StepChange Debt Charity has urged the UK government to introduce financial support for tenants at risk of losing their homes as evictions for rent arrears resume in England.
Evictions because of rent arrears were suspended last year to protect renters during the Covid-19 pandemic and was in place until June 1.
However, StepChange has voiced its concerns about the lifting of the suspension as there is no plan in place to help resolve the £360m Covid-19-related rent debt that has built up over the past year.
StepChange chief executive, Phil Andrew, said: “The rental eviction suspension was the last lifeline for many renters, who have been among the groups worst hit by the pandemic. The number of private renters in arrears has doubled since the start of the pandemic to 460,000 people. With evictions now resuming, many will be facing an uncertain future without additional financial support.
“Support from government, like furlough and benefit uplifts, has been important in helping people through the pandemic, but not sufficient to keep many renters out of arrears. There are clear gaps in support which have seen a £360 million black hole of rent debt build up over the course of the pandemic.”
The charity, alongside Generation Rent, Money Advice Trust, National Residential Landlords Association, PropertyMark and Shelter, has set out how a package of grants and no-interest loans could be provided in England to act as a bridge to recovery for tenants and landlords and will deliver the proposals to MPs, the Treasury and Ministry of Housing, Communities and Local Government (MHCLG) officials this week.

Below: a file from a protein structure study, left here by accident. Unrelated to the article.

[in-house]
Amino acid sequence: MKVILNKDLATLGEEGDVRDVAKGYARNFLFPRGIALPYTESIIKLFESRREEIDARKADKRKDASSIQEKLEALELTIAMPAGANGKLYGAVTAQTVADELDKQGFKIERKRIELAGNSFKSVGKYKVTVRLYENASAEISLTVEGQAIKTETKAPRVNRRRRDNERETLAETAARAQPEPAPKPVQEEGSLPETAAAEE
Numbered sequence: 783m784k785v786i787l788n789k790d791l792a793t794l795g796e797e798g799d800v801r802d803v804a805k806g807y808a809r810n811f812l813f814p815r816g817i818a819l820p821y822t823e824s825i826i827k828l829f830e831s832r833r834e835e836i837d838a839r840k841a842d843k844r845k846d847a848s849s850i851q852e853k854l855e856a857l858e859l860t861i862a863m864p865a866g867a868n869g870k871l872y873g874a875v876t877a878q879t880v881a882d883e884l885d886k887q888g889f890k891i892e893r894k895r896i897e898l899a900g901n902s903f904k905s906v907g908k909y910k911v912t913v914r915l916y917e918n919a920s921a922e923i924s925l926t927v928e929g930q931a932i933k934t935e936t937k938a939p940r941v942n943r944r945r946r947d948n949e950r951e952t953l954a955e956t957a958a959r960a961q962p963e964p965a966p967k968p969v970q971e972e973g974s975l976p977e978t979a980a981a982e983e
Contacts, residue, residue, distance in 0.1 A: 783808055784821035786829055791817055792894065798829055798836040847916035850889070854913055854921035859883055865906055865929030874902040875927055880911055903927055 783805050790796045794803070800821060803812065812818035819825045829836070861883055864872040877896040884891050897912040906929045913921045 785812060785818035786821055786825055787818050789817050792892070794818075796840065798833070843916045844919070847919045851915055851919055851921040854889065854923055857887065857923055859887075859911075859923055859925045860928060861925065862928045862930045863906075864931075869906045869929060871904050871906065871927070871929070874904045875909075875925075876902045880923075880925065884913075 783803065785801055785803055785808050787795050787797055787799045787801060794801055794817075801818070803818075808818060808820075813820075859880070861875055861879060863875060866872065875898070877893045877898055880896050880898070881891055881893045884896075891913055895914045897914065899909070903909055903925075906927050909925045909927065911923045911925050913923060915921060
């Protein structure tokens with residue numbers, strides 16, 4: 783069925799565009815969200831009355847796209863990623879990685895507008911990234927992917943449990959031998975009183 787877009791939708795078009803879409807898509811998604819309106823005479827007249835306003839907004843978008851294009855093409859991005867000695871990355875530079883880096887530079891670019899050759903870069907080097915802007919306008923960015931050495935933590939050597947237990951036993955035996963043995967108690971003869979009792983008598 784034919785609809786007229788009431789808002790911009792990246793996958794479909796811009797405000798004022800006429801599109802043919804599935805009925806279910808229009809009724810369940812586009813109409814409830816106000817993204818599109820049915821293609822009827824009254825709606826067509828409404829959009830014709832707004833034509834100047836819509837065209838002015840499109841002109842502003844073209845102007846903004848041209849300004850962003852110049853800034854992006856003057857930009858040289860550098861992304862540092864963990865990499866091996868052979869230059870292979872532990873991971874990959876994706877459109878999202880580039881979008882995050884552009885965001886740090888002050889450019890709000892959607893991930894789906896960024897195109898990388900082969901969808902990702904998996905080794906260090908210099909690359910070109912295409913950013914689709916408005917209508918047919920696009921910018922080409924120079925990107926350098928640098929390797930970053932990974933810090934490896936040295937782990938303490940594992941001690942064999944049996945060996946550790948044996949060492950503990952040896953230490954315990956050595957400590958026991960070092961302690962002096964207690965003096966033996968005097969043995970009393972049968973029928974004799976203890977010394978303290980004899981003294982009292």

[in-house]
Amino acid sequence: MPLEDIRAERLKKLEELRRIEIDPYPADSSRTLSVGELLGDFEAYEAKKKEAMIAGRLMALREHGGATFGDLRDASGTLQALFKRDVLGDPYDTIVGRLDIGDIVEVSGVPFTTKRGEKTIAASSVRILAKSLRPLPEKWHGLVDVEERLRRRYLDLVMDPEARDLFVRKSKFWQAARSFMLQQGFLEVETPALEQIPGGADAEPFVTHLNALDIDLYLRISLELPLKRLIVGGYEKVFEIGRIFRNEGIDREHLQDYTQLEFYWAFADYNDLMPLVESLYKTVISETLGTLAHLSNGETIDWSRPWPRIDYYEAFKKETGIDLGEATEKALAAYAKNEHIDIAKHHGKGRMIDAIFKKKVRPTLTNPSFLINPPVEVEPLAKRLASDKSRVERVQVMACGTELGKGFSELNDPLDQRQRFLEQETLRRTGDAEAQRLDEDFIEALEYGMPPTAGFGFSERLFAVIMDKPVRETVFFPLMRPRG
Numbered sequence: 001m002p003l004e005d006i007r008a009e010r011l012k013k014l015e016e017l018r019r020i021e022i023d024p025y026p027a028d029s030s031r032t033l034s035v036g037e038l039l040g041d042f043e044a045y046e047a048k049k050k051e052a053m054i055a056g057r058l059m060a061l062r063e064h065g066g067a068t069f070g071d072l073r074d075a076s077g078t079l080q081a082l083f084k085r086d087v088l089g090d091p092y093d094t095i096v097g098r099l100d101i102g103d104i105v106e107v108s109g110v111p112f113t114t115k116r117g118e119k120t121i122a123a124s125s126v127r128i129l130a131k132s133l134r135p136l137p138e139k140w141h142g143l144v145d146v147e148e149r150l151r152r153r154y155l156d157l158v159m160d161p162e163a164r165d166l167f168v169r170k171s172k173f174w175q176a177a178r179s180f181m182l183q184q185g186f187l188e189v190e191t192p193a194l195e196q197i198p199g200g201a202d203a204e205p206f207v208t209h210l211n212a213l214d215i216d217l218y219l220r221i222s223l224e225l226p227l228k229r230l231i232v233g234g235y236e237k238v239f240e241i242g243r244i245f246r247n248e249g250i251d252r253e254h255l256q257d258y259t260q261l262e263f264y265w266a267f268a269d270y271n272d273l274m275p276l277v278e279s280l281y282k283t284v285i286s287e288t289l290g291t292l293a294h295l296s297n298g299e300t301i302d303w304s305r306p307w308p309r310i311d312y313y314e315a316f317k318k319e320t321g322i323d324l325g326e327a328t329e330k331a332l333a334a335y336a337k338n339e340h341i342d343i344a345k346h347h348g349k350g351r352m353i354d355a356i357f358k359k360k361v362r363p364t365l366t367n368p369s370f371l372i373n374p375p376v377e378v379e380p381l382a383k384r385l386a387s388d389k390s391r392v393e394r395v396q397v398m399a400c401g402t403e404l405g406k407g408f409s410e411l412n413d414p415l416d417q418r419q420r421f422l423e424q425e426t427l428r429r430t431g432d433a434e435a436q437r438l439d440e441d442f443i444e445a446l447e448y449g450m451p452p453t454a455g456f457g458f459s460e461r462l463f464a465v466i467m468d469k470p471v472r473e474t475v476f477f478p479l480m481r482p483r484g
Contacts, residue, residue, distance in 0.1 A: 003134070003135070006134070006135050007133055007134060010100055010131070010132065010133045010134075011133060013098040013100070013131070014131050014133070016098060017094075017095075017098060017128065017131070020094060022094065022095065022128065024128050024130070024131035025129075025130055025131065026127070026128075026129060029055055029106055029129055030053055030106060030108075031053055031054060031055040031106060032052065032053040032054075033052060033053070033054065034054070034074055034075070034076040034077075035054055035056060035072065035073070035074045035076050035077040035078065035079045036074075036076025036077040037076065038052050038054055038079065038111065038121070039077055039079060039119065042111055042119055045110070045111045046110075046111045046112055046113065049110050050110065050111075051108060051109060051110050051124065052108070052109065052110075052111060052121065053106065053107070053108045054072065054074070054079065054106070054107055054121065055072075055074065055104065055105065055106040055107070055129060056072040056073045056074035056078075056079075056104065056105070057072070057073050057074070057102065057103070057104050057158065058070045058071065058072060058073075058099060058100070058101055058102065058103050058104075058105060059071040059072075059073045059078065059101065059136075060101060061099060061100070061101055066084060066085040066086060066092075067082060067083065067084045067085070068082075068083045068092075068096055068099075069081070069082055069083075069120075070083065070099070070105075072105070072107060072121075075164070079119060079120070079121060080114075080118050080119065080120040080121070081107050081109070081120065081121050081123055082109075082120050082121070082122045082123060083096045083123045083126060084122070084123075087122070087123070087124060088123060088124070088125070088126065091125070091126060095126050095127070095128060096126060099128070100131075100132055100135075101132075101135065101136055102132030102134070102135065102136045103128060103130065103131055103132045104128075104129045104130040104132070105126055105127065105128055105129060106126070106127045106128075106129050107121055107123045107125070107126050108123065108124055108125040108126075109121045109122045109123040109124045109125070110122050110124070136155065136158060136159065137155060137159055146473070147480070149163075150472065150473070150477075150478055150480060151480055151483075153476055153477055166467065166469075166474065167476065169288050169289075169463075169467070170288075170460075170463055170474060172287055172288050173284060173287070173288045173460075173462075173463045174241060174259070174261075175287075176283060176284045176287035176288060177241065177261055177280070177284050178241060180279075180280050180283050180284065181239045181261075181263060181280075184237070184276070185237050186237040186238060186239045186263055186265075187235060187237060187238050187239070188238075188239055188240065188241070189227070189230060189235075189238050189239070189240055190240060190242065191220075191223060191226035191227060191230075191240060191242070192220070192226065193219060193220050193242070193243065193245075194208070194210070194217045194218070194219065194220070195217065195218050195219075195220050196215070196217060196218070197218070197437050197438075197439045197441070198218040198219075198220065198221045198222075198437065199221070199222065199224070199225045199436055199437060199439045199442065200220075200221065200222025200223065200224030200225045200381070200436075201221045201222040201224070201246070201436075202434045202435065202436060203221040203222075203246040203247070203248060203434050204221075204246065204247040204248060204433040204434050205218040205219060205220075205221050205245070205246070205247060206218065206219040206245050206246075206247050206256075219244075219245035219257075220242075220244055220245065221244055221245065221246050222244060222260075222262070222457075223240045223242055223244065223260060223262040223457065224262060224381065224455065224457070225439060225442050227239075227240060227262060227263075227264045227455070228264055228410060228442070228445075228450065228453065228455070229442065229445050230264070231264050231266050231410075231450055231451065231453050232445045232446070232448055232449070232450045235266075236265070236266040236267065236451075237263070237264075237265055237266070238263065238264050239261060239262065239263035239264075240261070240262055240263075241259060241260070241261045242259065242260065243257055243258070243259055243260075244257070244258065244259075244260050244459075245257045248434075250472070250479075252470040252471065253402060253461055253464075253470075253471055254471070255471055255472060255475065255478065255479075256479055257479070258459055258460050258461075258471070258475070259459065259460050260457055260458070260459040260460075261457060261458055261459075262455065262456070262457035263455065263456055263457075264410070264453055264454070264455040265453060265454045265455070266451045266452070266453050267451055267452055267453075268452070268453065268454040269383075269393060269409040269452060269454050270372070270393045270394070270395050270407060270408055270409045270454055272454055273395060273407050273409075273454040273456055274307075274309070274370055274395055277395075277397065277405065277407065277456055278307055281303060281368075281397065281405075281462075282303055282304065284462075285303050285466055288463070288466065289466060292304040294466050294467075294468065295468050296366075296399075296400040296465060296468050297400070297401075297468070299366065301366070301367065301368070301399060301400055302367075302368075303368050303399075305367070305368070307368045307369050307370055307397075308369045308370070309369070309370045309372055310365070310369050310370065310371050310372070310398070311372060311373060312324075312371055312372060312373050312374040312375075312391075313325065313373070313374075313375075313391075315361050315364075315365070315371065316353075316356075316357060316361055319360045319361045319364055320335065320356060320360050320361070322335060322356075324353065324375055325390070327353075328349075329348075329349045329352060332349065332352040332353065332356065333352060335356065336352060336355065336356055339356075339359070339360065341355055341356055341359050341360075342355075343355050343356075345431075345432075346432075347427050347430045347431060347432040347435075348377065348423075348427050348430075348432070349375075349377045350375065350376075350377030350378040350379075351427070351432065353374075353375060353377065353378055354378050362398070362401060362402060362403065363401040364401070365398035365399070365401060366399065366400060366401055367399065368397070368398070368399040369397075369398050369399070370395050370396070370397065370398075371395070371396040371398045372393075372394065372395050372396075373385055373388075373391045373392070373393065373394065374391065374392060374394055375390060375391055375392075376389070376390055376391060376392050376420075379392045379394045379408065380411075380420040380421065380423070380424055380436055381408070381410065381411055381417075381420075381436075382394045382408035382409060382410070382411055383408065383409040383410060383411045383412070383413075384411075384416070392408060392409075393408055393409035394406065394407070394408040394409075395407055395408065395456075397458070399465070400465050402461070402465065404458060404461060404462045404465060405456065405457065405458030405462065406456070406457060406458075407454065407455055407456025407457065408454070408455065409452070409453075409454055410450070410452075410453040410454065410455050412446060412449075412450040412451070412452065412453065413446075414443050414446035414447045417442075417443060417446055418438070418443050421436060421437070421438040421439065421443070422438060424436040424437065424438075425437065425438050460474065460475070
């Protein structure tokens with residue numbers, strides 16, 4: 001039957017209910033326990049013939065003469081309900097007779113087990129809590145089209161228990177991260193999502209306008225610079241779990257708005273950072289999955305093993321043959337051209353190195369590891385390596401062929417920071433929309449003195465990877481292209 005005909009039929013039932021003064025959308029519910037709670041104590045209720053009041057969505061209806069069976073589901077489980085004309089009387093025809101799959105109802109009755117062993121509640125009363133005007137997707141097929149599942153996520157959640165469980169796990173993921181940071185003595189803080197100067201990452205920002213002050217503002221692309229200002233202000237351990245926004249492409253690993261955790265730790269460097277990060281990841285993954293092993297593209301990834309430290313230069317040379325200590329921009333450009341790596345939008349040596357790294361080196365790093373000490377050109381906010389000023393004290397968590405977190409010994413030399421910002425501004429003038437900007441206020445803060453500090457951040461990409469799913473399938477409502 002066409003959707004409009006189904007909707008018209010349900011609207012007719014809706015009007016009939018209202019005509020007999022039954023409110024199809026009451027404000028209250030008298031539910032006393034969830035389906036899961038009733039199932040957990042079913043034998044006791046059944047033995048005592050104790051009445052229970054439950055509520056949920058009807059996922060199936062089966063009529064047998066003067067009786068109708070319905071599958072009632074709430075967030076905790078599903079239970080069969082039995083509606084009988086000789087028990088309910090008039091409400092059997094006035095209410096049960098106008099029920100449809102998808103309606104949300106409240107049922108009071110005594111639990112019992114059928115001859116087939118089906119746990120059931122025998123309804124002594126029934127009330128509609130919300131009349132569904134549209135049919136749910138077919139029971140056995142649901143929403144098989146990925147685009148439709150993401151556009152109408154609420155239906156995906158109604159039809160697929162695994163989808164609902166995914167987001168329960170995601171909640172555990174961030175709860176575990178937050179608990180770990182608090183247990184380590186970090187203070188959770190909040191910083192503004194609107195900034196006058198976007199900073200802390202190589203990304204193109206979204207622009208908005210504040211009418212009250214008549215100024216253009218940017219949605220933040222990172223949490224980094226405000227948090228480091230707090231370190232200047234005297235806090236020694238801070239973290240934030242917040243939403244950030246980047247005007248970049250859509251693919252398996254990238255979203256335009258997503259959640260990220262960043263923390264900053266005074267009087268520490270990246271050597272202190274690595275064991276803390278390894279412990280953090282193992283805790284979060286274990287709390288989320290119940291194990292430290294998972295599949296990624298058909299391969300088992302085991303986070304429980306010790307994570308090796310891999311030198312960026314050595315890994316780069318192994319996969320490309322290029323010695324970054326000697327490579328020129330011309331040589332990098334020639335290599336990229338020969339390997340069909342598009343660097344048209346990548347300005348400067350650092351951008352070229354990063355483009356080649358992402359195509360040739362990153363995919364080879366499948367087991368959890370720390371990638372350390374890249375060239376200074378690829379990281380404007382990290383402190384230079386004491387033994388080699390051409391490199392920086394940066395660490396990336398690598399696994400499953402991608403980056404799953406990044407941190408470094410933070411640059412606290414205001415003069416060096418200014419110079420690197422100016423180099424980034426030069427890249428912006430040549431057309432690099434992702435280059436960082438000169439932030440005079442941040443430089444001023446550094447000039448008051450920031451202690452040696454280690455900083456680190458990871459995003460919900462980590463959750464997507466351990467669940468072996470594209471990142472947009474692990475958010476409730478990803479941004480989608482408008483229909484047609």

The proposed package includes grants for low-income households who have built up rent arrears during the pandemic and HMRC no-interest loans for anyone, including the self-employed, that has been forced into rent arrears but not eligible for the grant.
It also suggests that loan repayments should only start once a person’s annual income reaches £20,000 – the median of the London real living and national real living wage.
Andrew added: “[The proposed package] will help keep people in their homes, avert mounting problem debt, housing insecurity and homelessness and will enable people to get back on their feet after a devastating year. What’s more, an extra 30,000 evictions would cost the public purse in the region of £225 million, yet almost all of these costs can be prevented by investing a similar amount now.
“The housing secretary said in March 2020 that no-one should lose their home due to the pandemic – it’s time for decisive action to back that up.”